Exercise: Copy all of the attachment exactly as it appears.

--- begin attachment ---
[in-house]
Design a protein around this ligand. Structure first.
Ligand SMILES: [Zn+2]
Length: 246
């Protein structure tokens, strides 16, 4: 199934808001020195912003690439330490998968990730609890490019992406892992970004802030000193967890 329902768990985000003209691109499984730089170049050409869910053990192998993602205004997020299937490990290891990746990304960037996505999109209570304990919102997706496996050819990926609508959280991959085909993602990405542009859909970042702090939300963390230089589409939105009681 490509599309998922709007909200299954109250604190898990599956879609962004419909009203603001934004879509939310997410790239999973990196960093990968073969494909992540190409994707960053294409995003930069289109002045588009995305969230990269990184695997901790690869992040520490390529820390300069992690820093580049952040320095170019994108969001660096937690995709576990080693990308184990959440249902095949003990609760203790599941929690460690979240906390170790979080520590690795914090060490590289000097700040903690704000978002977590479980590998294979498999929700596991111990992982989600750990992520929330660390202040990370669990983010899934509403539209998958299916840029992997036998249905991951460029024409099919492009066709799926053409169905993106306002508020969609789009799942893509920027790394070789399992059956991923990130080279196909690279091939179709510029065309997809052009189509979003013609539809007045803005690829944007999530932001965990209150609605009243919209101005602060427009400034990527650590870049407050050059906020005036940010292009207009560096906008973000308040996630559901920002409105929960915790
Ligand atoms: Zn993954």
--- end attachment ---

[in-house]
Design a protein around this ligand. Structure first.
Ligand SMILES: [Zn+2]
Length: 246
């Protein structure tokens, strides 16, 4: 199934808001020195912003690439330490998968990730609890490019992406892992970004802030000193967890 329902768990985000003209691109499984730089170049050409869910053990192998993602205004997020299937490990290891990746990304960037996505999109209570304990919102997706496996050819990926609508959280991959085909993602990405542009859909970042702090939300963390230089589409939105009681 490509599309998922709007909200299954109250604190898990599956879609962004419909009203603001934004879509939310997410790239999973990196960093990968073969494909992540190409994707960053294409995003930069289109002045588009995305969230990269990184695997901790690869992040520490390529820390300069992690820093580049952040320095170019994108969001660096937690995709576990080693990308184990959440249902095949003990609760203790599941929690460690979240906390170790979080520590690795914090060490590289000097700040903690704000978002977590479980590998294979498999929700596991111990992982989600750990992520929330660390202040990370669990983010899934509403539209998958299916840029992997036998249905991951460029024409099919492009066709799926053409169905993106306002508020969609789009799942893509920027790394070789399992059956991923990130080279196909690279091939179709510029065309997809052009189509979003013609539809007045803005690829944007999530932001965990209150609605009243919209101005602060427009400034990527650590870049407050050059906020005036940010292009207009560096906008973000308040996630559901920002409105929960915790
Ligand atoms: Zn993954």